May 5, 2015
Newly minted INgrooves Music Group Amy Dietz is a veteran of indie retail, getting her start as an assistant buyer in a three-store hometown Minneapolis mom-and-pop chain known as Title Wave, which eventually expanded to 15 locations. She moved on to stints at indie label heavy metal label Red Decibel, housed in the headquarters of her hometown's fabled Twin Tone Records, home of the Replacements, then was hired at WMG's indie distribution company, ADA. When INgrooves acquired Fontana Distribution from UMG in 2012, Amy's name was thrown in the ring for the GM slot by a consultant, citing her experience with indie labels and distributors. She's proven the perfect fit.
How has the modern-era distributor evolved in the post-Internet age?
We've gone through a lot of change, but at our core, we're responsible for getting our labels' music out to all the services that are available to consumers, wherever they choose to consume music. Obviously, what's changed are the places where that music is available, from Amoeba, Electric Fetus and Best Buy to iTunes, Spotify and Pandora. There's a lot that goes into digital distribution; it's not just pushing a button. Where a distributor adds value is in setting you up correctly to monetize -- all the non-sexy stuff, like having the correct metadata, making sure someone's minding the digital store. It becomes a river of pennies, hopefully nickels, dimes and quarters that you should be paying attention to ... It can be more complicated than picking, packing and shipping a CD. And, it's also about the data we're getting back from these services for analytics, enabling us to do the heavy lifting for the labels by helping them make use of that information.
Selling music is more of a piecemeal business now.
There are so many revenue sources. You might work slightly differently with each of the digital services, many in different niches, trying to get in the game. In some ways, we're getting closer to music publishing, where there are smaller amounts of income from more places. It's not quite as straight-ahead as it once was. The rights and income are a little more fractured, so it's a matter of getting those lined up. And making sure you have the means to be able to manage the many places this revenue is coming from.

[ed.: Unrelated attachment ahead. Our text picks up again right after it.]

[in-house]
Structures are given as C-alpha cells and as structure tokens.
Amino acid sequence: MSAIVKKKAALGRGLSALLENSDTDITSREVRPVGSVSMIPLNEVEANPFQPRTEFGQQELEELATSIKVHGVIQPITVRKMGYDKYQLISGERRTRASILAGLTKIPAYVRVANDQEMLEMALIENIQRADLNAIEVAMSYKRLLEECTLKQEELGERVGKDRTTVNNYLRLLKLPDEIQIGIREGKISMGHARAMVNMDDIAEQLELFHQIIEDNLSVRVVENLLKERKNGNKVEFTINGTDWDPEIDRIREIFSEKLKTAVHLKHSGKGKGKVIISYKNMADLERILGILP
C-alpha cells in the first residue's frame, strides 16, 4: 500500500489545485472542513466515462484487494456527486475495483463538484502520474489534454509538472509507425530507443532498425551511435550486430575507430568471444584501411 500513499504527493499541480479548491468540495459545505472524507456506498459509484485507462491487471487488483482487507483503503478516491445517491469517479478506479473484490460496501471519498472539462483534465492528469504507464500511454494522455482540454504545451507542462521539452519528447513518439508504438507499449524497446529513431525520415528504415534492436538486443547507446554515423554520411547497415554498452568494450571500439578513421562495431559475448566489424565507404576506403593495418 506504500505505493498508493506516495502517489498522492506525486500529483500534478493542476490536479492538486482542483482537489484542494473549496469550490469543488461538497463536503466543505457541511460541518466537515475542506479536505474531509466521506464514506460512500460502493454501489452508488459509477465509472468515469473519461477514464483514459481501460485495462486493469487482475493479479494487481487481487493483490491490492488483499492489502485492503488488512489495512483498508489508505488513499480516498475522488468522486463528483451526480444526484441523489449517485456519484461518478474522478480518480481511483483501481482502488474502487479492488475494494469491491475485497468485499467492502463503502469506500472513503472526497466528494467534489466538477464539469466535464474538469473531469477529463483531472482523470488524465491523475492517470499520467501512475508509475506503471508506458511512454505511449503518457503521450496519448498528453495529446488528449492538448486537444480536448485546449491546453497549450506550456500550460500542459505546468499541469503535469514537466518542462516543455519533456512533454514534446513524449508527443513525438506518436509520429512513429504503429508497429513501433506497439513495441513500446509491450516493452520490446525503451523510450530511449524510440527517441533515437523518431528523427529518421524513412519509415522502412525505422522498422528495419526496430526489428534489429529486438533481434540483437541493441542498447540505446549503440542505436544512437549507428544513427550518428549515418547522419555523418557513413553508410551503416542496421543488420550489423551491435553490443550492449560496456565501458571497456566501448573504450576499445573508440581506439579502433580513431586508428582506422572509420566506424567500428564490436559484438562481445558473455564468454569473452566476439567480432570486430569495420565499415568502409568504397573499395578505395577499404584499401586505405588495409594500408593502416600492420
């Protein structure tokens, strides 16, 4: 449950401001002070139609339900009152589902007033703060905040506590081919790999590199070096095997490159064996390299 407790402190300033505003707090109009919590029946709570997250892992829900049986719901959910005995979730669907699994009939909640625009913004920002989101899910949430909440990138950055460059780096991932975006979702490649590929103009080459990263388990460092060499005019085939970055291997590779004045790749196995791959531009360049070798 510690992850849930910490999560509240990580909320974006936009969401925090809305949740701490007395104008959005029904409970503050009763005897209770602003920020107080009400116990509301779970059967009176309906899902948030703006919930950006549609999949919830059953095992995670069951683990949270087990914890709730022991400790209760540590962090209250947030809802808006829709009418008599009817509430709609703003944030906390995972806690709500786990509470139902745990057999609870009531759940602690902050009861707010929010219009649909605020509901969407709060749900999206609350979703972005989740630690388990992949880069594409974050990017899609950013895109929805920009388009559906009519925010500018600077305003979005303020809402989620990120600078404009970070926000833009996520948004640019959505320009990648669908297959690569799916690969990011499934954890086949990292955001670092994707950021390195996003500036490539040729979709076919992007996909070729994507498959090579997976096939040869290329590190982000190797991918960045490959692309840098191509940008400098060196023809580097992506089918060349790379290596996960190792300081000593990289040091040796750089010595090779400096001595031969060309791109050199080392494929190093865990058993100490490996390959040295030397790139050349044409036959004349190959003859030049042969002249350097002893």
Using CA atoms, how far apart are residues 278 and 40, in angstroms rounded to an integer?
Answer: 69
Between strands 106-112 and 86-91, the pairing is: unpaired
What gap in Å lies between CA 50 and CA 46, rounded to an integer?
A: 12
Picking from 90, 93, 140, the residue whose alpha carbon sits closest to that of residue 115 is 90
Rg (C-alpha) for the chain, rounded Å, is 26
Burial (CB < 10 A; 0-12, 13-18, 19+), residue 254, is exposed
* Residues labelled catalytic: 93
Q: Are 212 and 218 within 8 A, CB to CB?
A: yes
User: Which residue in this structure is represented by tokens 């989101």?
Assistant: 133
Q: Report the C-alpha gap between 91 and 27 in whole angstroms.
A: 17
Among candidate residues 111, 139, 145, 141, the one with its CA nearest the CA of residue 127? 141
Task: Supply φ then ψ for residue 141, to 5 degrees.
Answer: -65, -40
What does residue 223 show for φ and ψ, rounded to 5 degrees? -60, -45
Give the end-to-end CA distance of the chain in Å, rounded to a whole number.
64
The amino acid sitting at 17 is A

You've said your biggest thrill comes from artist development.
That is definitely a huge part of what I find exciting. I'd take it even a step further. It's not only building something from the ground up, but working with artists and labels that have a clear vision of who they are and what they're looking to do. I find it incredibly gratifying to work with labels that have built a brand for themselves. They're not necessarily selling millions of albums, but they understand their artists' goals, and how to spend appropriately to achieve them. It's those kinds of artists and labels which I've worked with for the most part of my career. And we would like to help them achieve their vision by offering the services they need to grow. Think of Strange Music and what they've been able to build, not only with TechN9ne, but that entire ecosystem, or J&R Adventures with Joe Bonamassa. I love hits, too, but it's interesting and fun to work with developing labels and artists.
What is the future of physical product?
There are a lot of stores that are still thriving and more are opening every week. It's not the Tower Records world where you have mega-stores with thousands of SKUs. Those who have managed to create a rapport with their customers and connect with their community will survive, and I think we do miss that in the digital world. And that's what you're seeing with the resurgence of vinyl, deluxe packaging for the fans. Or in-store events, like midnight releases and Record Store Day. From what I'm hearing, there are a lot more young kids in record stores than there used to be.
On Spotify, you can't have that identity of being an uber-fan, a way to show you're not just streaming, but actually invested in the artist. That's why physical is having a bit of a comeback, but it will never be what it was. Still, it's an interesting dynamic. People thought CDs would be gone by now, so it's fascinating that there's still a market for them.